You’ll recognize Kumu’s powerful relationship mapping technology on the Network Analysis page. Network Analysis is accessible to everyone in the community and allows for deeper analyis of the structure and strength of your community.
To access, click on the menu icon in the top-left corner of your screen, and choose "Network Analysis".
The Network Analysis page is packed with powerful functionalities that allow you to analyze your community by both qualitative and quantitative data. Use any or all of the below functionalities to discover the hidden structures in your community and/or find potential ways to grow and connect over time. Click on any element in the network to see a quick overview of that community member, or click the link to their profile.
See your community’s relationships and relationship strengths
Each arrow on your network map indicates a relationships between those two members. The strength of the relationships is reflected by the thickness of the connection. As such, you can quickly see which relationships in your community are stronger vs weaker. Swipe right across the filter options and choose "All connections" to choose which relationships you'd like to focus on.
Filter your community
The top of the page shows all the different filters you can use to explore your community network. You can filter based on any of the profile fields, projects, elements and/or connections (relationships). Swipe right at the top to see all filter options.
"Orphans" are community members that aren't connected to anyone in the community, and thus, float around the network map without being part of the community. They are usually placed around the edges of your network map.
Orphans can be a bit distracting or distort your SNA metrics, so you can take them out of the view. Click on the "All Elements" filter and un-check the Include Orphans checkbox.
View basic Social Network Analysis (SNA) metrics
Click on the metrics icon in the bottom-right corner to see a quick overview of the following metrics for your community:
- Connections - Indicates the number of connections in your current view
- Density - Density is defined as the number of connections a community member has, divided by the total possible connections a community member could have. For example, if there are 20 community members, each member could potentially connect to 19 other members. In that case, a density of 1 (19/19) is the greatest possible density in the system, where everyone is connected to everyone. A density of 0.05 (1/19) would be the lowest density possible, and indicates that there's much room for improvement in weaving your community!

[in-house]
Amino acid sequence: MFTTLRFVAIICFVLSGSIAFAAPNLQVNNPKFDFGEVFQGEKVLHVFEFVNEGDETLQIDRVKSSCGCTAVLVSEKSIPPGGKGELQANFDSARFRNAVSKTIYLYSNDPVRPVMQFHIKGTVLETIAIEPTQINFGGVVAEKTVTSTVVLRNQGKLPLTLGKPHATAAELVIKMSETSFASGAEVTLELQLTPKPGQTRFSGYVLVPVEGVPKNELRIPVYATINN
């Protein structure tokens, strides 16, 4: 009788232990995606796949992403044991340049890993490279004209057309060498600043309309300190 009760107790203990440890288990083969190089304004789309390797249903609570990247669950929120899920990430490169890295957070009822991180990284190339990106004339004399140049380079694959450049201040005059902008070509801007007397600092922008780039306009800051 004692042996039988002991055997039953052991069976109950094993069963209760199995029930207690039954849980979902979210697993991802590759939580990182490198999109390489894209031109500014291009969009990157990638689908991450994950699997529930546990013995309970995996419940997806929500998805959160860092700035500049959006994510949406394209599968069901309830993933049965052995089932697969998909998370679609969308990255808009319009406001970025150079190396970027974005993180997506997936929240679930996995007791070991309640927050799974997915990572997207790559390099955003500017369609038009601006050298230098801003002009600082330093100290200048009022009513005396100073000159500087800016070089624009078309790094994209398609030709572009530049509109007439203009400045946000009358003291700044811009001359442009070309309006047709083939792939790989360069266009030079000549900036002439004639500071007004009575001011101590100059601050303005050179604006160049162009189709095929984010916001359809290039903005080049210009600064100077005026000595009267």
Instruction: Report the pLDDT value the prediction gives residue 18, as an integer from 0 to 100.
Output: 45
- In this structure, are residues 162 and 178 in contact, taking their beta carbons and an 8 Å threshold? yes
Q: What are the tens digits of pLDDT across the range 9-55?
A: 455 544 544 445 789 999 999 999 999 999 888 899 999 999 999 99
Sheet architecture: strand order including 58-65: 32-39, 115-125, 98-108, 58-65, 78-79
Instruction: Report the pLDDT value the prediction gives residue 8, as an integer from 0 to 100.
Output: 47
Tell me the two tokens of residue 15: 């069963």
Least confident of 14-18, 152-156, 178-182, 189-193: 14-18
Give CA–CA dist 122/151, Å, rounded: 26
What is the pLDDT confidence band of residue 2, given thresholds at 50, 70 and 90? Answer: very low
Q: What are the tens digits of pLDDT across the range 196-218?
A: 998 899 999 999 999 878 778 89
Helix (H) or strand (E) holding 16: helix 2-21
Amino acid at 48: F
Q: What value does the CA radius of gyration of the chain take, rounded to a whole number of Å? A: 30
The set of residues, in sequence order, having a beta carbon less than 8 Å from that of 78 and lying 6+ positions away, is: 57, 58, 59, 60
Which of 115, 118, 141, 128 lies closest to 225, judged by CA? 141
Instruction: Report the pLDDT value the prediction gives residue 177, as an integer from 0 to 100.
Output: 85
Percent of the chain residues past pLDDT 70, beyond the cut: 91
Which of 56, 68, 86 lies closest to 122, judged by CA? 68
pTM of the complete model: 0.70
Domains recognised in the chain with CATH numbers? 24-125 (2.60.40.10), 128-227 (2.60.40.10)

- Avg. Degree - Degree counts the number of connections an element has, so average degree indicates how many connections the average community member has. In general, members with high degree are the local connectors / hubs, but note that they aren't necessarily the best connected to the wider network.
Note that these metrics are re-calculated for every view. So if you've filtered your network map based on relationships strengths, then your metrics will also update according to the view you're looking at.
Size elements and rank the community
Click on the Settings icon in the bottom-right corner of the page to choose which metric to size your elements by: Betweenness Centrality, Incoming Connections, Outgoing Connections, or Total Connections. You can find an explanation for each below.
If you click on the menu bar at the bottom of the Network Analysis page where it says "Showing x people, x projects, x org(s)", your community will be ranked based on the chosen SNA metric (Value column). The current options are:
- Betweenness Centrality - Betweenness centrality measures how many times a community member lies on the shortest path between two other community members. In general, members with high betweenness have more control over the flow of information and act as key bridges within the network. However, they can also be potential single points of failure.
- Incoming Connections - Measures the number of incoming connections for a specific community member (also called "indegree"). That is; many people indicated they have a relationships with them. In general, members with high indegree (incoming connections) can be regarded as leaders in a community, looked to by others as a source of advice, expertise, or information.
- Outgoing Connection - Measures the number of outgoing connections for a specific community member (also called "outdegree"). In general, members with high outdegree (outgong connections) have the potential to reach a high number of other elements and spark the flow of information across a network. Nevertheless, they may not be the most efficient at spreading the information, or may report relationships that aren't reciprocated.
- Total Connections - Counts the number of connections a specific community member has (alo called "degree"). In general, members with high degree are the local connectors / hubs, but aren't necessarily the best connected to the wider network.
Looking to do more extensive network analysis? Export your Weavr data to Kumu to use Kumu's more advanced features.
Color elements based on profile fields and add a legend
Click on the Map Settings icon in the bottom-right corner of your screen to further customize your network map. Then, click on the dropdown "Color elements by:" to choose a field to color your map by. Upon choosing the field, a legend will be added in the bottom-left corner of your map. Please note you can only color by one field at a time.
Note: if you can't see the color legend. Make sure to swipe down the moveable ranking screen and click on the arrow next to the word "Legend" in the bottom-left corner to make it appear.